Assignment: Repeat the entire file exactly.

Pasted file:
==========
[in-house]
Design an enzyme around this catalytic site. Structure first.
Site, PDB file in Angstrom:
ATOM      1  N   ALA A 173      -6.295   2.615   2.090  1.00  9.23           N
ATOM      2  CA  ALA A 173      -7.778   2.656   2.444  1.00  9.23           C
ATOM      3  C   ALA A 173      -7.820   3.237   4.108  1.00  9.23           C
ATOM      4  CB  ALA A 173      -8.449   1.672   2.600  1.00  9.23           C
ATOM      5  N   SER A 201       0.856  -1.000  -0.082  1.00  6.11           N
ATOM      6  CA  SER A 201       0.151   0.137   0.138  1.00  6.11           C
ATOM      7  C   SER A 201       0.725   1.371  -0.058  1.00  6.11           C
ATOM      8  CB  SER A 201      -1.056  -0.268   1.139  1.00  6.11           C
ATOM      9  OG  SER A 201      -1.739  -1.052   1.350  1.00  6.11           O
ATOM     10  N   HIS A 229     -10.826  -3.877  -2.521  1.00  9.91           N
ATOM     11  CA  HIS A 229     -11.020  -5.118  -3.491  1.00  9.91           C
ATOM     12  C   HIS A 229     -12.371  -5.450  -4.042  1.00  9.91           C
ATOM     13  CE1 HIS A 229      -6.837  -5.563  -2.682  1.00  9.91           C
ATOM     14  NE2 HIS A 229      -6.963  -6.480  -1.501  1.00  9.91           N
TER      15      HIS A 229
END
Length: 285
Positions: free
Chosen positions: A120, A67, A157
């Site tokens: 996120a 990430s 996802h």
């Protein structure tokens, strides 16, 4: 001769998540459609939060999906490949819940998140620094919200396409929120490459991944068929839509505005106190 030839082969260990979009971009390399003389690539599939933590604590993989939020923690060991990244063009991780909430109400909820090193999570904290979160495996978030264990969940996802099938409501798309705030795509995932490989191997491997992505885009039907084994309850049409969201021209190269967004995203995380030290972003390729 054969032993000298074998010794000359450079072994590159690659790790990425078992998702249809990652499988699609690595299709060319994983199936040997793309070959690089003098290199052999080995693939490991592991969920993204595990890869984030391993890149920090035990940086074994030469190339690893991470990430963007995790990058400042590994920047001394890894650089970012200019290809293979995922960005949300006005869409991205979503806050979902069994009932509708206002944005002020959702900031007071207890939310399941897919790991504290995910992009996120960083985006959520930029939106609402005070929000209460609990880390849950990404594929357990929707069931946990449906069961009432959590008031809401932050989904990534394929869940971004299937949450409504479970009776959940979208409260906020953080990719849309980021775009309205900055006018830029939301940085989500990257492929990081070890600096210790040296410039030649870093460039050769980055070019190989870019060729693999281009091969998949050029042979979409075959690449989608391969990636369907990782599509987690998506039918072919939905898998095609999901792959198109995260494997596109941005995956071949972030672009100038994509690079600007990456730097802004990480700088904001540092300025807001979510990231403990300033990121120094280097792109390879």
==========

[in-house]
Design an enzyme around this catalytic site. Structure first.
Site, PDB file in Angstrom:
ATOM      1  N   ALA A 173      -6.295   2.615   2.090  1.00  9.23           N
ATOM      2  CA  ALA A 173      -7.778   2.656   2.444  1.00  9.23           C
ATOM      3  C   ALA A 173      -7.820   3.237   4.108  1.00  9.23           C
ATOM      4  CB  ALA A 173      -8.449   1.672   2.600  1.00  9.23           C
ATOM      5  N   SER A 201       0.856  -1.000  -0.082  1.00  6.11           N
ATOM      6  CA  SER A 201       0.151   0.137   0.138  1.00  6.11           C
ATOM      7  C   SER A 201       0.725   1.371  -0.058  1.00  6.11           C
ATOM      8  CB  SER A 201      -1.056  -0.268   1.139  1.00  6.11           C
ATOM      9  OG  SER A 201      -1.739  -1.052   1.350  1.00  6.11           O
ATOM     10  N   HIS A 229     -10.826  -3.877  -2.521  1.00  9.91           N
ATOM     11  CA  HIS A 229     -11.020  -5.118  -3.491  1.00  9.91           C
ATOM     12  C   HIS A 229     -12.371  -5.450  -4.042  1.00  9.91           C
ATOM     13  CE1 HIS A 229      -6.837  -5.563  -2.682  1.00  9.91           C
ATOM     14  NE2 HIS A 229      -6.963  -6.480  -1.501  1.00  9.91           N
TER      15      HIS A 229
END
Length: 285
Positions: free
Chosen positions: A120, A67, A157
């Site tokens: 996120a 990430s 996802h």
């Protein structure tokens, strides 16, 4: 001769998540459609939060999906490949819940998140620094919200396409929120490459991944068929839509505005106190 030839082969260990979009971009390399003389690539599939933590604590993989939020923690060991990244063009991780909430109400909820090193999570904290979160495996978030264990969940996802099938409501798309705030795509995932490989191997491997992505885009039907084994309850049409969201021209190269967004995203995380030290972003390729 054969032993000298074998010794000359450079072994590159690659790790990425078992998702249809990652499988699609690595299709060319994983199936040997793309070959690089003098290199052999080995693939490991592991969920993204595990890869984030391993890149920090035990940086074994030469190339690893991470990430963007995790990058400042590994920047001394890894650089970012200019290809293979995922960005949300006005869409991205979503806050979902069994009932509708206002944005002020959702900031007071207890939310399941897919790991504290995910992009996120960083985006959520930029939106609402005070929000209460609990880390849950990404594929357990929707069931946990449906069961009432959590008031809401932050989904990534394929869940971004299937949450409504479970009776959940979208409260906020953080990719849309980021775009309205900055006018830029939301940085989500990257492929990081070890600096210790040296410039030649870093460039050769980055070019190989870019060729693999281009091969998949050029042979979409075959690449989608391969990636369907990782599509987690998506039918072919939905898998095609999901792959198109995260494997596109941005995956071949972030672009100038994509690079600007990456730097802004990480700088904001540092300025807001979510990231403990300033990121120094280097792109390879």